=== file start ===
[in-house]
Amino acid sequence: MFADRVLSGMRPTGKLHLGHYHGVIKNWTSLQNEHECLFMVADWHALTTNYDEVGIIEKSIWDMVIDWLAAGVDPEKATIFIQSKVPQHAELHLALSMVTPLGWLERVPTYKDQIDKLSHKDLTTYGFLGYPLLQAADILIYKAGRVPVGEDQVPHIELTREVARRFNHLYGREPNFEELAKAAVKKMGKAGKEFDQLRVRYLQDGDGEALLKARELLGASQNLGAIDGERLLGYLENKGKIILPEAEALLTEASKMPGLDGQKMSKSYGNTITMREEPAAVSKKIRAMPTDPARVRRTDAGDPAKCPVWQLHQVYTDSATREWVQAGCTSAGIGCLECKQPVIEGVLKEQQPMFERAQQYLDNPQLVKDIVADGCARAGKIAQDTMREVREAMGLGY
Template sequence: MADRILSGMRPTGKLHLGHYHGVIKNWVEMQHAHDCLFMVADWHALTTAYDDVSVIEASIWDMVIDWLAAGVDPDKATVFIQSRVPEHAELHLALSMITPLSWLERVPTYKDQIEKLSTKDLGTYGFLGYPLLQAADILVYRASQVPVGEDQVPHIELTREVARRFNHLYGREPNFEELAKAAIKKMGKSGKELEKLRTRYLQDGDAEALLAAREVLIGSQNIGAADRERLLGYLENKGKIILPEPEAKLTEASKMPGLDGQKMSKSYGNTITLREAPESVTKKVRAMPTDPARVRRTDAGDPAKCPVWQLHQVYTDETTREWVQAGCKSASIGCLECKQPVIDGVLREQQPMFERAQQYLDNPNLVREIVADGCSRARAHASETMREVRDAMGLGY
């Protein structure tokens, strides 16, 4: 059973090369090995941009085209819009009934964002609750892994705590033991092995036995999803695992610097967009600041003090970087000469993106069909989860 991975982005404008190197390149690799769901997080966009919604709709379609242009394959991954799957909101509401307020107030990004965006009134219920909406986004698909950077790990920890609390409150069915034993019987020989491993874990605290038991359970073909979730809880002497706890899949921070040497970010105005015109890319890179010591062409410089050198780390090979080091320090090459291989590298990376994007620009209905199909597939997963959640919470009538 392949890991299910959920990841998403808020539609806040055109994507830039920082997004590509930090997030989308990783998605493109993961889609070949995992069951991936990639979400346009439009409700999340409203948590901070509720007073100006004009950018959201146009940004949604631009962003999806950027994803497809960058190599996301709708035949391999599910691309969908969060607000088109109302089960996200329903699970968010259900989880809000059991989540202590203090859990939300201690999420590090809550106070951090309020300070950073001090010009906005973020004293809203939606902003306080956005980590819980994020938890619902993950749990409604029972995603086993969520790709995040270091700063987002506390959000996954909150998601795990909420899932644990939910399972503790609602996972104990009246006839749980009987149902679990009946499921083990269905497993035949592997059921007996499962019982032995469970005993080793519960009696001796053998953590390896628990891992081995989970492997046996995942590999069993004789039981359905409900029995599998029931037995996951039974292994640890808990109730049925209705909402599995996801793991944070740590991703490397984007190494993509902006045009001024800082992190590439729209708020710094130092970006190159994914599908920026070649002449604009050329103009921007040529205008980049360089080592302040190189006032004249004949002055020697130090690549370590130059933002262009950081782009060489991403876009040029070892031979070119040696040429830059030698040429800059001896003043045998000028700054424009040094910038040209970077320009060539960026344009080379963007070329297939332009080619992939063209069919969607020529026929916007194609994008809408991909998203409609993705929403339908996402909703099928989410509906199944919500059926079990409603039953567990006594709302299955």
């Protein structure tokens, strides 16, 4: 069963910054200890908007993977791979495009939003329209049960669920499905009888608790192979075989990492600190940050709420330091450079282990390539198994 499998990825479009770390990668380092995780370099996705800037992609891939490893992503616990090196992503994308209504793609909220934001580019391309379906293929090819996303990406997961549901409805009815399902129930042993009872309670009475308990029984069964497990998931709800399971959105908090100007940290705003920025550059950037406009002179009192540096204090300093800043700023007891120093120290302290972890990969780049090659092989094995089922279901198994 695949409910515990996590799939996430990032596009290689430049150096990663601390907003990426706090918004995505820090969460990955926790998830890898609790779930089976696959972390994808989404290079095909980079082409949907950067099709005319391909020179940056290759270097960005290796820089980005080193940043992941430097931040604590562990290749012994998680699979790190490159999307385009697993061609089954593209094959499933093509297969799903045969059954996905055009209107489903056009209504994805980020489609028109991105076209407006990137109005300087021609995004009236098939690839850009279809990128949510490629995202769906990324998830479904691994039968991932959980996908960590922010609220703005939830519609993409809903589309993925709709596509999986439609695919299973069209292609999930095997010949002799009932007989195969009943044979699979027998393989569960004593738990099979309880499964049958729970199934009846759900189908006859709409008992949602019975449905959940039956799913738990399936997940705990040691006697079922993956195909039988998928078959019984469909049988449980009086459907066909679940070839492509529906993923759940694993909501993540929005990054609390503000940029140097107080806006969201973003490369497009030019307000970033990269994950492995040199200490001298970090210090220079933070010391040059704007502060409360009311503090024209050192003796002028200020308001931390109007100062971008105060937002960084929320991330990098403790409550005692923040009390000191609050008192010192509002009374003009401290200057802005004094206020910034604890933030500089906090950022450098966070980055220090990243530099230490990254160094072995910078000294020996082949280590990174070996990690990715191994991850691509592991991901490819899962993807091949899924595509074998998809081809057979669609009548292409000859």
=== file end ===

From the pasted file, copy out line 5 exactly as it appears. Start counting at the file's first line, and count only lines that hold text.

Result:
């Protein structure tokens, strides 16, 4: 069963910054200890908007993977791979495009939003329209049960669920499905009888608790192979075989990492600190940050709420330091450079282990390539198994 499998990825479009770390990668380092995780370099996705800037992609891939490893992503616990090196992503994308209504793609909220934001580019391309379906293929090819996303990406997961549901409805009815399902129930042993009872309670009475308990029984069964497990998931709800399971959105908090100007940290705003920025550059950037406009002179009192540096204090300093800043700023007891120093120290302290972890990969780049090659092989094995089922279901198994 695949409910515990996590799939996430990032596009290689430049150096990663601390907003990426706090918004995505820090969460990955926790998830890898609790779930089976696959972390994808989404290079095909980079082409949907950067099709005319391909020179940056290759270097960005290796820089980005080193940043992941430097931040604590562990290749012994998680699979790190490159999307385009697993061609089954593209094959499933093509297969799903045969059954996905055009209107489903056009209504994805980020489609028109991105076209407006990137109005300087021609995004009236098939690839850009279809990128949510490629995202769906990324998830479904691994039968991932959980996908960590922010609220703005939830519609993409809903589309993925709709596509999986439609695919299973069209292609999930095997010949002799009932007989195969009943044979699979027998393989569960004593738990099979309880499964049958729970199934009846759900189908006859709409008992949602019975449905959940039956799913738990399936997940705990040691006697079922993956195909039988998928078959019984469909049988449980009086459907066909679940070839492509529906993923759940694993909501993540929005990054609390503000940029140097107080806006969201973003490369497009030019307000970033990269994950492995040199200490001298970090210090220079933070010391040059704007502060409360009311503090024209050192003796002028200020308001931390109007100062971008105060937002960084929320991330990098403790409550005692923040009390000191609050008192010192509002009374003009401290200057802005004094206020910034604890933030500089906090950022450098966070980055220090990243530099230490990254160094072995910078000294020996082949280590990174070996990690990715191994991850691509592991991901490819899962993807091949899924595509074998998809081809057979669609009548292409000859």